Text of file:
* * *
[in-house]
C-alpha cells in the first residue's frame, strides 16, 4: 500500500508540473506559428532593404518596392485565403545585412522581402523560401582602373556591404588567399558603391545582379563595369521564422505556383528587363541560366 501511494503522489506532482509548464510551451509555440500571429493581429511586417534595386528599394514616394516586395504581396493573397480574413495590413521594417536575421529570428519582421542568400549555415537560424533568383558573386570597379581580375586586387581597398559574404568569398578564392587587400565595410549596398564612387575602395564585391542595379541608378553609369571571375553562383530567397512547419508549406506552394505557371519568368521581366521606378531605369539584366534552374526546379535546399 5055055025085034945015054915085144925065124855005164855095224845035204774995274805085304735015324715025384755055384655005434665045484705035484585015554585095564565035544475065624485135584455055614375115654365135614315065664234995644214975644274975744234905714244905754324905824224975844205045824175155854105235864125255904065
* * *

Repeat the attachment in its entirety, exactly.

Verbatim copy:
[in-house]
C-alpha cells in the first residue's frame, strides 16, 4: 500500500508540473506559428532593404518596392485565403545585412522581402523560401582602373556591404588567399558603391545582379563595369521564422505556383528587363541560366 501511494503522489506532482509548464510551451509555440500571429493581429511586417534595386528599394514616394516586395504581396493573397480574413495590413521594417536575421529570428519582421542568400549555415537560424533568383558573386570597379581580375586586387581597398559574404568569398578564392587587400565595410549596398564612387575602395564585391542595379541608378553609369571571375553562383530567397512547419508549406506552394505557371519568368521581366521606378531605369539584366534552374526546379535546399 5055055025085034945015054915085144925065124855005164855095224845035204774995274805085304735015324715025384755055384655005434665045484705035484585015554585095564565035544475065624485135584455055614375115654365135614315065664234995644214975644274975744234905714244905754324905824224975844205045824175155854105235864125255904065